HEU calls for audit of outsourced medical transcription services over privacy concerns

News release

The Hospital Employees’ Union is asking B.C.’s privacy commissioner Elizabeth Denham to launch an investigation into outsourced medical transcription services in the Lower Mainland, citing concerns over the privacy and accuracy of patients’ medical information.

The union is urging the Commissioner to use her legislative authority to conduct an investigation and audit of measures taken by Lower Mainland health authorities to protect personal medical information outsourced to private transcription companies for processing.

Over the past few years, these health authorities have dramatically expanded the outsourcing of medical transcription and plan to completely contract out the service by 2014.

HEU secretary-business manager Bonnie Pearson says that would leave the transcription of nearly all patient information in the hands of private companies that rely on individual subcontractors working out of their homes, putting accuracy and privacy at risk.

“Right now, highly trained and skilled medical transcriptionists are employed by health authorities and work onsite in secure office spaces,” says Pearson.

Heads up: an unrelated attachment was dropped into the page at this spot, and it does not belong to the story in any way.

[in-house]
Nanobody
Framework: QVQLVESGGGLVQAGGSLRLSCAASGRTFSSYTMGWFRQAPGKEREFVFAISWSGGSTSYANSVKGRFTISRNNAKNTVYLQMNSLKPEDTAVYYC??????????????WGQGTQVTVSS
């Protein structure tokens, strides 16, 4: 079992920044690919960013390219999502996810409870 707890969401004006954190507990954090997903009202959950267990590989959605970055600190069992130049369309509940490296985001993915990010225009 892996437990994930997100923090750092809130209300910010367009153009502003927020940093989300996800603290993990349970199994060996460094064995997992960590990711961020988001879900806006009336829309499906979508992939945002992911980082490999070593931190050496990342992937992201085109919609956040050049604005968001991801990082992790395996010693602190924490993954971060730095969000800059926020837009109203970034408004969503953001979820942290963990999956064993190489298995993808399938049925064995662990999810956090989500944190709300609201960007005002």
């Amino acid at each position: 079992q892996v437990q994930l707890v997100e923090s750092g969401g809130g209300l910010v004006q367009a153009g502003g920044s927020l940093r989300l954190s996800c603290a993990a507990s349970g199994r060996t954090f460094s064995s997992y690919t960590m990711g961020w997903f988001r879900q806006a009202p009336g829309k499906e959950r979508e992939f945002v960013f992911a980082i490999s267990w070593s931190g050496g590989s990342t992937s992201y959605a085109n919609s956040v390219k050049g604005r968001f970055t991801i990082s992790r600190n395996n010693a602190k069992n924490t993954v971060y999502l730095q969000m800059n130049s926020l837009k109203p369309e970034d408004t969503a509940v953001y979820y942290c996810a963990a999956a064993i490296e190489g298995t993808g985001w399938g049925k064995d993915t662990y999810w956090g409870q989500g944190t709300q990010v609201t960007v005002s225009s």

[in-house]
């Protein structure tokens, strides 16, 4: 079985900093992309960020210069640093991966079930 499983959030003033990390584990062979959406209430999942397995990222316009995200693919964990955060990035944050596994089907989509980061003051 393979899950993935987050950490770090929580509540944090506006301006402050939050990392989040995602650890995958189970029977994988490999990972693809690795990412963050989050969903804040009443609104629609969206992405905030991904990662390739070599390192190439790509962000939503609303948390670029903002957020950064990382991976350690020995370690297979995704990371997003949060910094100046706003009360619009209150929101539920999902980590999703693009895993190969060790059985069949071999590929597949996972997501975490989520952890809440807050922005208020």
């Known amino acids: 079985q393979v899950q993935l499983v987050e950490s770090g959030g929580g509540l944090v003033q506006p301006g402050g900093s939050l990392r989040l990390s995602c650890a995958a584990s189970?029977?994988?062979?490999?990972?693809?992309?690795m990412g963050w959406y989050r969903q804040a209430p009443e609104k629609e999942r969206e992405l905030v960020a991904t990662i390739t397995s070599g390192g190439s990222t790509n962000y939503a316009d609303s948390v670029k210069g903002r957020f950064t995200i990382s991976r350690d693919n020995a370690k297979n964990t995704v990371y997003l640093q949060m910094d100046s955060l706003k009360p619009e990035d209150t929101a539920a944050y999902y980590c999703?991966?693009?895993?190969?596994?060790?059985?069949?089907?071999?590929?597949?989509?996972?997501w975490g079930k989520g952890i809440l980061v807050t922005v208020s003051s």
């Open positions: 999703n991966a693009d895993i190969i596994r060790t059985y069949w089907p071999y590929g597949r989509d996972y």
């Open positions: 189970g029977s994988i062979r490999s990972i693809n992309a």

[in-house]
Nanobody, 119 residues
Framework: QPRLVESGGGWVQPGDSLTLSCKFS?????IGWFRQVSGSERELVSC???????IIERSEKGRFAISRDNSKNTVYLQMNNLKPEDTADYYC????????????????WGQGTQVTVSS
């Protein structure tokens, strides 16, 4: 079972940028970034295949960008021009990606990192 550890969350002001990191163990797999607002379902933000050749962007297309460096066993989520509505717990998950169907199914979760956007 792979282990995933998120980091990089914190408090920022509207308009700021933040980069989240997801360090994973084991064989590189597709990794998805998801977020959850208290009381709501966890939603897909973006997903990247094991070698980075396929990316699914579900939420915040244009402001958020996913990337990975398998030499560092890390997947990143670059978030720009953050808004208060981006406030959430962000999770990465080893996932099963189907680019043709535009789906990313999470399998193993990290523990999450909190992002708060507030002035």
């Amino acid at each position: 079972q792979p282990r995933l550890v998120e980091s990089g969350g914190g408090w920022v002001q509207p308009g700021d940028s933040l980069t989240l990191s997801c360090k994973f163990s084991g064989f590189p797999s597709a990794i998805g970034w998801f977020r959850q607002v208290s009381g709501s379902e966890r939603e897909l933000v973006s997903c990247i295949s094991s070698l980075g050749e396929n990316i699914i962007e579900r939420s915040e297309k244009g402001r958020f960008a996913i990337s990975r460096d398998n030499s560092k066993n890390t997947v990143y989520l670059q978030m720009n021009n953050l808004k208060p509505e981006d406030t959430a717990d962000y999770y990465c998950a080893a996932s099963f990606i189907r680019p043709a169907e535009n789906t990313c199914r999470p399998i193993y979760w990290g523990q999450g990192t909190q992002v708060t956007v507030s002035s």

“This in-house service ensures direct access to electronic medical records, physicians and other members of the health care team to verify patient information, tests and procedures, diagnoses, medications and treatment plans.

“Our members are charged with handling highly sensitive data. It’s imperative that work be done on internal information systems with secure internet connections. This system makes sense and provides greater quality assurances for patients’ medical charts,” adds Pearson.

“If medical transcription is completely outsourced, it will be virtually impossible to guarantee privacy when the work is done by a nationwide network of home-based workers.”

Currently, a significant portion of Lower Mainland health authorities’ medical transcription services is outsourced to Accentus, Inc. By 2014, all Lower Mainland medical transcription is scheduled to be transferred to another private company M*Modal Canada.

As a result, Providence Health Care (on behalf of all Lower Mainland health authorities) issued lay-off notices to more than 130 in-house medical transcriptionists last November.

HEU’s January 31 letter to B.C.’s privacy commissioner Elizabeth Denham requests that she use her authority under sections 42 and 44 of the Freedom of Information and Protection of Privacy Act to conduct the review.